Hello, what a shame for your ds when he was so excited about winning the place. It must have a been a real let down for him but how lucky to have that trial run while you are still in a position to do something about it. You ask for suggestions, here is what I would do. Firstly I would sit down with ds and a notebook and go through the morning bit by bit. Was it every session or just a few? What were the triggers? Were these boys allowed to sit next to each other. Were they showing off to him? How was it dealt with? Then with these notes I would ring and ask for a meeting with the Head of Year Seven, take your notebook and discuss your concerns. It only actually needs one student to ruin the prospects of all the other students in the class if he/she is being disruptive. Ask for a copy of the school's behaviour policy. When my dd was doing entrance exams last year she actually encountered such bad behaviour by some of the boys at one of the exams that I made a formal complaint to the admissions officer. Obviously their parents thought money can buy you anything and forgot to tell them to actually behave while applying for the school! Much as we liked the school there was no way we would have accepted a place somewhere where the cohort cannot even behave when applying! I run evening coaching sessions for children from a wide range of backgrounds and always have a couple of boys and girls from private school who seem to feel that all the rules and guidelines apply to everyone but them. I have always wondered if their behaviour at school was better or far worse. Is your ds really put off? You must be in a real quandry. I once had a job I really loved but we got a new boss and I was forced to accept that the job as I knew it was gone. If it really was as bad as your ds reported then in that class he will not be able to achieve the very best education he deserves. If these five boys are the IT crowd it may be impossible for your ds to make a stand against them. My dd has spent years being called nerd, egghead and keeno. She continued to focus but could have achieved so much more in a different peer group. Is there an option for him to be in another class? DG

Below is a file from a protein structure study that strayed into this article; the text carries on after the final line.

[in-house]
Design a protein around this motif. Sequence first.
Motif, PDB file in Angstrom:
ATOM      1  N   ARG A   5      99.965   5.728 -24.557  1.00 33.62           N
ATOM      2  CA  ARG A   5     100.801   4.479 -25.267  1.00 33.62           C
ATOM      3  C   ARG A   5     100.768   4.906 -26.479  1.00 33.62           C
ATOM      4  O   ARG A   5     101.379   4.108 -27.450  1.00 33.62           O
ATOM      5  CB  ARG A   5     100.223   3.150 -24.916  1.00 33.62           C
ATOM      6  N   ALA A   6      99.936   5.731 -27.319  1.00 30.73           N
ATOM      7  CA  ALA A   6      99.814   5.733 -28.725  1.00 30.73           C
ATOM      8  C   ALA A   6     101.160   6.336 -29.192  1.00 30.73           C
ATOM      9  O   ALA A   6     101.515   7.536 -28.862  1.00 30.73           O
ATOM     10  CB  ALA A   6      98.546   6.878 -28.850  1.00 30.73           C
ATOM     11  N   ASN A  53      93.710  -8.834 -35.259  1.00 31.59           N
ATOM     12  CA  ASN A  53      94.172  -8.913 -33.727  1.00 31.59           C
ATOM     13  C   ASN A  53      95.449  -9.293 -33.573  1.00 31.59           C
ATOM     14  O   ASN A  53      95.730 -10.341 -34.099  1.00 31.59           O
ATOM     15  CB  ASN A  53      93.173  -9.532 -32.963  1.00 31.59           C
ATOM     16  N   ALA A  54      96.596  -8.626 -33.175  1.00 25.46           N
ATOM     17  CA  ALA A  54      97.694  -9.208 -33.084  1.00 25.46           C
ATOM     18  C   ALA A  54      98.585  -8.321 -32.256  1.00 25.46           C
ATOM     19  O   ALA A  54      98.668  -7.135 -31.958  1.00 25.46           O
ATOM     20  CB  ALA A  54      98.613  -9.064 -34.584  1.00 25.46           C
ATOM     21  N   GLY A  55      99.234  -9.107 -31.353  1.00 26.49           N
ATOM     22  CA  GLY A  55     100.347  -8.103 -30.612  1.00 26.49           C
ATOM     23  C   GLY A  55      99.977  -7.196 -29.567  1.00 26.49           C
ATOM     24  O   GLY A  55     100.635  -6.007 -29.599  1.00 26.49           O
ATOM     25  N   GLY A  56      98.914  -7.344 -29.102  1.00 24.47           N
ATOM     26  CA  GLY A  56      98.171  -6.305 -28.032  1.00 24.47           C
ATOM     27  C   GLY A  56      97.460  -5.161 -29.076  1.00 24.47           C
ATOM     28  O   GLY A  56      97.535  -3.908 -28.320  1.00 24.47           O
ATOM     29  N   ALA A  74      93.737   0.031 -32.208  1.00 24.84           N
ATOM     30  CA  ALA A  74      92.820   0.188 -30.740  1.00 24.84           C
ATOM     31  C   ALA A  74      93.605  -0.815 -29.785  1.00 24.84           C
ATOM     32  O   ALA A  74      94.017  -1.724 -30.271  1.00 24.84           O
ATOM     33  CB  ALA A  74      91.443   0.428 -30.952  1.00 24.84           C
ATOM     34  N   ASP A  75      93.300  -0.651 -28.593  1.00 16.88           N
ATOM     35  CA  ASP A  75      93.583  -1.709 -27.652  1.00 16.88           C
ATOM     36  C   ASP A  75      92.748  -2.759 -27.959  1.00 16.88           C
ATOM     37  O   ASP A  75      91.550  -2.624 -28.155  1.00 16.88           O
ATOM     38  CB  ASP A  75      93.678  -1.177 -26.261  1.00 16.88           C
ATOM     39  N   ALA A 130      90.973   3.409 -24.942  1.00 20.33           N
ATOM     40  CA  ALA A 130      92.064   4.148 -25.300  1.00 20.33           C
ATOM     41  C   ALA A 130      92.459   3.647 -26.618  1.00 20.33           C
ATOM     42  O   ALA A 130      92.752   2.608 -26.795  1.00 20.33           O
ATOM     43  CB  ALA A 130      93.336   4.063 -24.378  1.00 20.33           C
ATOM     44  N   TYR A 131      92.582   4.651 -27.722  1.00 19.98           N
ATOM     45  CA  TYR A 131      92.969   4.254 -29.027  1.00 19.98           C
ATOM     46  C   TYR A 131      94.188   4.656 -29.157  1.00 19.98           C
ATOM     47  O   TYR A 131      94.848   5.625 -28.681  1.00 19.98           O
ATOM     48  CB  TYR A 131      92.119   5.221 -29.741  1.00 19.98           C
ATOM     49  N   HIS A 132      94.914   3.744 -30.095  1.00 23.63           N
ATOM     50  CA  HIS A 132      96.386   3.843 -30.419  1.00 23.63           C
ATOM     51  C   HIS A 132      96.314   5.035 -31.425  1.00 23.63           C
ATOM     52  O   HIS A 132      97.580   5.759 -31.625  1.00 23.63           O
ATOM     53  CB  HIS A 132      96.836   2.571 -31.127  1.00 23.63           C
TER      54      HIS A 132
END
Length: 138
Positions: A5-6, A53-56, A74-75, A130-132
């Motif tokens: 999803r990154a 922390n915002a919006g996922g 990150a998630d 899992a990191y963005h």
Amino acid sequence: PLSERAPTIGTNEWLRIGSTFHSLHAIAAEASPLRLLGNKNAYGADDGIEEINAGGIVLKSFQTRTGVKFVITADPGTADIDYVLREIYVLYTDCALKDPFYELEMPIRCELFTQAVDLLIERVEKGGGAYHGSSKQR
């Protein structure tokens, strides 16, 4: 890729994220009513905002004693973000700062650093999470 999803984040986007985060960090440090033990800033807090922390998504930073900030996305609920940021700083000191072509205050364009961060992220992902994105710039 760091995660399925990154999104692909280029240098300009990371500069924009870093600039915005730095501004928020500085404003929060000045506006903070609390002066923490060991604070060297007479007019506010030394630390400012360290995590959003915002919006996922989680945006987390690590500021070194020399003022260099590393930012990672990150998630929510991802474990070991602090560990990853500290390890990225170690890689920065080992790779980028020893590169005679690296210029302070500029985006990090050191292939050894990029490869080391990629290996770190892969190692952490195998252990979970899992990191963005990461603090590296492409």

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PostPosted: Wed Feb 09, 2011 9:39 pm 
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Can you name the school? Some may know of it and can advise you better.

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PostPosted: Wed Feb 09, 2011 10:16 pm 
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Thank you for your thoughtful responses. The school is quite large and I think there are about 5 classes per year, with 17 - 20 children per class. It is a well respected independent that produces great academic results.

My son has also passed the 11 + for the same north yorkshire grammer that hermanmunsters son goes to, but we live out of area - (shipley), so I am not too hopeful that we will be allocated a place there, which is why we entered him for the (local) independent. He did so well in his entrance exam, and came in the top ten, much to his and our surprise, and I do believe he would be challenged there. But - not if there are discipline issues. I feel hopeful that this was just the one class, and he was unfortunate enough to be with that class, but obviously I am very concerned. In the event we accept the place, they are in the year above, so not his cohort. One of the reasons we thought of going down this route, is that he loves learning, is smart, but can also be influenced by his peers. Plays the clown a bit at his state school to fit in with the 'footie' crowd, but actually is really motivated when he is academically challenged.

Your suggestions are very helpful. My feeling is if we are to be paying for his education, I want to make sure that it is the right place for him, and that my concerns at this point are addressed in some way before we accept a place.


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PostPosted: Wed Feb 09, 2011 10:22 pm 
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I think I can work out which school he is looking at and TBH if you can get a place at Ermysted's I think it is likely he will be challenged (academically) more there.

Each year I hear of kids getting bursaries as they have done v well in the indie exam yet have to appeal for the GS.

However I also hear good reports of the school and many like it and are happy there. Some I knew who went, I really thought wouldn't settle but did (despite parental anxt!!)

Have you got the figures for Ermysted this year - with the info about the exam result you should have got the number passing the exam - do you know what it is - likely to give a clue about whether you will get a place..